Göttingen, 30. Januar 2007
According to Society for Threatened Peoples International (STP- International / GfbV-International), the attempt to deport 153 Hmong Lao refugees from Thailand to Laos on Tuesday, 30 January 2007, could be stopped after Thailand had faced massive international protests. The deportation would have been a severe violation of International Law as all of these 153 Hmong Lao, including 77 children and 9 infants, had been screened by the United Nations High Commissioner for Refugees (UNHCR) and were recognized as "people of concern”. Thai media had already announced the completed deportation of the group when the Thai government reacted to the protests of the European Union and the UN High Commissioner for Refugees (UNHCR) and stopped the repatriation in the very last minute.
"We are very relieved that the deportation has been stopped as the well - being or the lives of the refugees would have been endangered if they were sent back to Laos”, explained the head of the Asia Department of STP-Germany, Ulrich Delius, on Tuesday, "It is a scandal how Thailand treats these Hmong who survived horrible atrocities in Laos.” According to Delius it will be only a question of time until Thai officials will try again to force them back into the arms of their persecutors.
The women and children of the refugee group had already been dragged from the detention center into busses in order to be transported back over the nearby border to Laos, said eye witnesses. The men barricaded themselves in their cells and threatened to commit suicide. By using a gas (maybe tear gas) Thai officials tried to break their resistance. "Instantaneoulsly after the cries for help from eye witnesses reached us, our Hmong expert, Rebecca Sommer, asked the EU and the UNHCR to help. Thanks to their and other international efforts, the deportation could be stopped”, said Delius.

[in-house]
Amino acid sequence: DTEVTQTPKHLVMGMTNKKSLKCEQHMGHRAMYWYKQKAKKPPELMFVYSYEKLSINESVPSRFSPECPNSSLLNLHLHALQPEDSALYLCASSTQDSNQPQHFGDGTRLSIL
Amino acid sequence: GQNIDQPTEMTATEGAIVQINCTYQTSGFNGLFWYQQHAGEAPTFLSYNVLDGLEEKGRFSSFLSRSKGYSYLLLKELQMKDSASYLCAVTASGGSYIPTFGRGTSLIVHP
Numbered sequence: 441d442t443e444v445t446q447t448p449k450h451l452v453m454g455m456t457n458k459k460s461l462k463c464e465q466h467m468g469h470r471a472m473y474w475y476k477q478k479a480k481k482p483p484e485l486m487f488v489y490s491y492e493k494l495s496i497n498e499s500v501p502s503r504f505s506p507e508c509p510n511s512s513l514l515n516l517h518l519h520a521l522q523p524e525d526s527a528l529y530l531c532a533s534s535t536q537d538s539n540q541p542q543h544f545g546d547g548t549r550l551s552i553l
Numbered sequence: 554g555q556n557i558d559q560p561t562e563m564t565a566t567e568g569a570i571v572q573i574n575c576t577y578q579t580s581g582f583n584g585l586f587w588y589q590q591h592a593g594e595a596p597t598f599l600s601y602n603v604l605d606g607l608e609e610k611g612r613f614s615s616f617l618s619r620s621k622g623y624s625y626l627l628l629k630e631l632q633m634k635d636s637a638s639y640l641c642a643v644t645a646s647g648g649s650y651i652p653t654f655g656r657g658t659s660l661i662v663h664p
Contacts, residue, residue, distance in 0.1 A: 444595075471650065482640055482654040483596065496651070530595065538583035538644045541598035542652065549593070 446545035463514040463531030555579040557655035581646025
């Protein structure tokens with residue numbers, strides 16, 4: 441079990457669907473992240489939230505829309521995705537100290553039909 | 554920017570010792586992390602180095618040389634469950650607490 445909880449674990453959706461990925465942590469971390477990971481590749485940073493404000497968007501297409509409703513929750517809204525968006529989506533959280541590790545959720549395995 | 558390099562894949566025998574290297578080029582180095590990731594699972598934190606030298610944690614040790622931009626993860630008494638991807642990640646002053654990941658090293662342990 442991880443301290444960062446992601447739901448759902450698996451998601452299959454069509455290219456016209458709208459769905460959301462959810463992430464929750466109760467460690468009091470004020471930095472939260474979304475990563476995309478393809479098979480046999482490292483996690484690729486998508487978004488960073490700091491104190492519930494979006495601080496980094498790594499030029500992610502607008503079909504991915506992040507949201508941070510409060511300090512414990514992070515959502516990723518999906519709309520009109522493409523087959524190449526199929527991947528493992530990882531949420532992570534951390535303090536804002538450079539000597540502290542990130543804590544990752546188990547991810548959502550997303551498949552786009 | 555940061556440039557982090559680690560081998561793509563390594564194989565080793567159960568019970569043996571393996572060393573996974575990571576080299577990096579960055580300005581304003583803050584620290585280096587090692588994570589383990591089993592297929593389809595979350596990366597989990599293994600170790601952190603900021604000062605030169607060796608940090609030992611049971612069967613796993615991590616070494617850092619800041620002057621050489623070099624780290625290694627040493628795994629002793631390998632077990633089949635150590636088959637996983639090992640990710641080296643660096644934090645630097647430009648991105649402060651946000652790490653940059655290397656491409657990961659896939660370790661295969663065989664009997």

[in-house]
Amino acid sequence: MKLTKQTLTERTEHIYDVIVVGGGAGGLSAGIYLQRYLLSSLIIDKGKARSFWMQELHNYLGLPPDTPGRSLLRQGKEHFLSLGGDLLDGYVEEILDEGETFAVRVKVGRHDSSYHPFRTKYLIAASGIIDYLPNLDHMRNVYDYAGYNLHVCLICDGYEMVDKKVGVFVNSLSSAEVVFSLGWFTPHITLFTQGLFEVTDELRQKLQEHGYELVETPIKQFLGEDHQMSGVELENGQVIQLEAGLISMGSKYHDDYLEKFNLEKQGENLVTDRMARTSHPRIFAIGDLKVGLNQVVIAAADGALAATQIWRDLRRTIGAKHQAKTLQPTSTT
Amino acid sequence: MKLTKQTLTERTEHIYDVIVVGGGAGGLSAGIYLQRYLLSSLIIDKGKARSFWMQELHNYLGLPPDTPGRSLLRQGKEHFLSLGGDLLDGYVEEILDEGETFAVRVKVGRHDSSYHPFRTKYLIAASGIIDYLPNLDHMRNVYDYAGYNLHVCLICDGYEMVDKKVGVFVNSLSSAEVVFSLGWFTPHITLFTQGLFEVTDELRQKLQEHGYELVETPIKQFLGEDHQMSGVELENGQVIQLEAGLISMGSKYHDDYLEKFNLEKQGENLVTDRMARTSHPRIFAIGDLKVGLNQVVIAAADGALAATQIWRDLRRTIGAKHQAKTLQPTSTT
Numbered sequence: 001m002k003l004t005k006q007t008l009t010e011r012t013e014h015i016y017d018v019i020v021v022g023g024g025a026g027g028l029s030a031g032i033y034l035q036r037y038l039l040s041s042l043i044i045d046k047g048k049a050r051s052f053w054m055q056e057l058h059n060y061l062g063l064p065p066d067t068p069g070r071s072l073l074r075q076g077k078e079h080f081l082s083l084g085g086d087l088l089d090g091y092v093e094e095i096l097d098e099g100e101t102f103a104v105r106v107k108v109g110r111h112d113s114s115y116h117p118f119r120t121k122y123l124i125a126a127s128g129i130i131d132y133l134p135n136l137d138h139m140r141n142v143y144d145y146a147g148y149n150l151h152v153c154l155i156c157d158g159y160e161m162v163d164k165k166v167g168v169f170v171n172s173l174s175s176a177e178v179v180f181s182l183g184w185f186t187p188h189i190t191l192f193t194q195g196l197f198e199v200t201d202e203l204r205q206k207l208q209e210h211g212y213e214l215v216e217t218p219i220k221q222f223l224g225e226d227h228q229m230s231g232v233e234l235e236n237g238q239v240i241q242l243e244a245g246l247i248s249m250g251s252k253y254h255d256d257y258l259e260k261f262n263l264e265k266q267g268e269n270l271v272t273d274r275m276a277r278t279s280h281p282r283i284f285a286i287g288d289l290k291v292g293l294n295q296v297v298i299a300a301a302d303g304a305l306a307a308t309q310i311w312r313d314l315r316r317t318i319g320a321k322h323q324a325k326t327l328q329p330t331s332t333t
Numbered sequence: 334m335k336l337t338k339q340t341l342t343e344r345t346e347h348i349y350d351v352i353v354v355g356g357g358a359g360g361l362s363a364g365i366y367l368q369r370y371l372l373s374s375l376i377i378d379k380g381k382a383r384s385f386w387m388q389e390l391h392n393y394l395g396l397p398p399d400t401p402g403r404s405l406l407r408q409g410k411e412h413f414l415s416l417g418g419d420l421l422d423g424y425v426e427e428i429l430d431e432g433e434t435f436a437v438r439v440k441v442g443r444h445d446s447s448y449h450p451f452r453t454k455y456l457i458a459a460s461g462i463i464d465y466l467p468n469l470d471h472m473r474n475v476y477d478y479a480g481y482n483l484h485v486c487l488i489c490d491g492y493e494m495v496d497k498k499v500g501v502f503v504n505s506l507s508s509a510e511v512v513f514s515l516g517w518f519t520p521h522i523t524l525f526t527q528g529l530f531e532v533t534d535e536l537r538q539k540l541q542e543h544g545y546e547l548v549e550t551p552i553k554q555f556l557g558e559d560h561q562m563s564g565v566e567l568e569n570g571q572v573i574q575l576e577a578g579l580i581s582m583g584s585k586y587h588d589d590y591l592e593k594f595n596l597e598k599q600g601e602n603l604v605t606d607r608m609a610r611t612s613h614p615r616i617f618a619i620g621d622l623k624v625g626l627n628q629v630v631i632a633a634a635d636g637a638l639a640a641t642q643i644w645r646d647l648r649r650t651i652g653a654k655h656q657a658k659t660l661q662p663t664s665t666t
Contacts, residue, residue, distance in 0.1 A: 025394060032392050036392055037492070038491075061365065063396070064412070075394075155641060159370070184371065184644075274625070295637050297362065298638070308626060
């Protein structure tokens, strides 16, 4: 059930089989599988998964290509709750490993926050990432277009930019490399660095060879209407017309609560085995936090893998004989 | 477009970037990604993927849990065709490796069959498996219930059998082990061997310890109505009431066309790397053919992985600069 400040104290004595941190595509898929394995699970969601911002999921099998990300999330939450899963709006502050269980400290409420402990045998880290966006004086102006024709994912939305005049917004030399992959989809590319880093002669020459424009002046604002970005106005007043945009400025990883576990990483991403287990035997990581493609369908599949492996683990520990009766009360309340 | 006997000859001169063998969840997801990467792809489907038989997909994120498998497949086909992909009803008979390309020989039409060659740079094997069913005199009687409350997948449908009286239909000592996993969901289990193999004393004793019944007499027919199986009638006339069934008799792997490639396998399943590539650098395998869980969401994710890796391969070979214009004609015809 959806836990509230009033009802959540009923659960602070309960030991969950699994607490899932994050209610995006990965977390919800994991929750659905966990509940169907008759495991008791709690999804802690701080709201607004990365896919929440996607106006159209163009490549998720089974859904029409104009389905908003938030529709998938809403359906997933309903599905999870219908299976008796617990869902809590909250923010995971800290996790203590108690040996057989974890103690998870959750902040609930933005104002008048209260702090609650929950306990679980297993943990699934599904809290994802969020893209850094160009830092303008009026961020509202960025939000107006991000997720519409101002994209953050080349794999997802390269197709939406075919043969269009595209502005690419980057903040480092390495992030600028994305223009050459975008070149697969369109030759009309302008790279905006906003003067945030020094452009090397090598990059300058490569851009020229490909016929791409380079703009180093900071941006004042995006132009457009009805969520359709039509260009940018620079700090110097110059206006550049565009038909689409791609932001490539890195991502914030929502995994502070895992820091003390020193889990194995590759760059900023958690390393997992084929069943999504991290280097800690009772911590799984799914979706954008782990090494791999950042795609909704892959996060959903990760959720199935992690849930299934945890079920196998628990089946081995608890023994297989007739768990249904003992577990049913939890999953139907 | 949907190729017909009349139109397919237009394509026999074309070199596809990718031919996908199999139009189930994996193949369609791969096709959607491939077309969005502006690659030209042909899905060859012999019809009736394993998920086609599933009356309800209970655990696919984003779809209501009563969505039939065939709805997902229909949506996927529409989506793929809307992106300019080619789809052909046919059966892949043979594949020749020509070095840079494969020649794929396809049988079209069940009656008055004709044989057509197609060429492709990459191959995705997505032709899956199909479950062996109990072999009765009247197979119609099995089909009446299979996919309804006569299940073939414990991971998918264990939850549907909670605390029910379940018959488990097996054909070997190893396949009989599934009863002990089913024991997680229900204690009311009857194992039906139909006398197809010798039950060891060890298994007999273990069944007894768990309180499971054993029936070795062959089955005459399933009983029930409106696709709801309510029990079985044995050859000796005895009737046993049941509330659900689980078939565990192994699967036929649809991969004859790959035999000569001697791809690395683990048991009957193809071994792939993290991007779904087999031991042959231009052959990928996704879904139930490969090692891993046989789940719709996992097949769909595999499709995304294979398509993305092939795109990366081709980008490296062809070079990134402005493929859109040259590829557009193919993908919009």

Only on Friday, 29 January 2007, 16 Hmong Lao refugees had been involuntarily deported from Thailand back to Laos.
In December 2006, the Thai and Lao government reached an agreement that they would repatriate the 6.500 Hmong Lao refugees in Thailand back to Laos. The UN High Commissioner for Human Rights, Louise Arbour, and the UNHCR have condemned these deportations of Hmong refugees to Laos repeatedly.
In 2006, STP’s Hmong expert, Rebecca Sommer, conducted hundreds of interviews with Hmong Lao who were seeking refuge in Thailand to document the extent to which Laos has committed crimes against humanity against the Hmong in-hiding in Laos. In May 2006, she published a report which describes massacres, rapes and other severe violations of human rights extensively.
According to this report, about 20.000 Hmong Lao are still hiding in the jungles of Laos. They are the descendants of former rebels who stopped fighting long ago. Nonetheless, they are being hunted down mercilessly by military forces in Laos. Their hiding zones in the jungles have been declared restricted area. From helicopters chemical weapoons, bombs and grenades are used to eliminate them. Who gets caught by the troops alive is in danger of torture, rape, mutilitation and a cruel death. Many children who have not even reached the age of 10 have become victims of such massacres, too.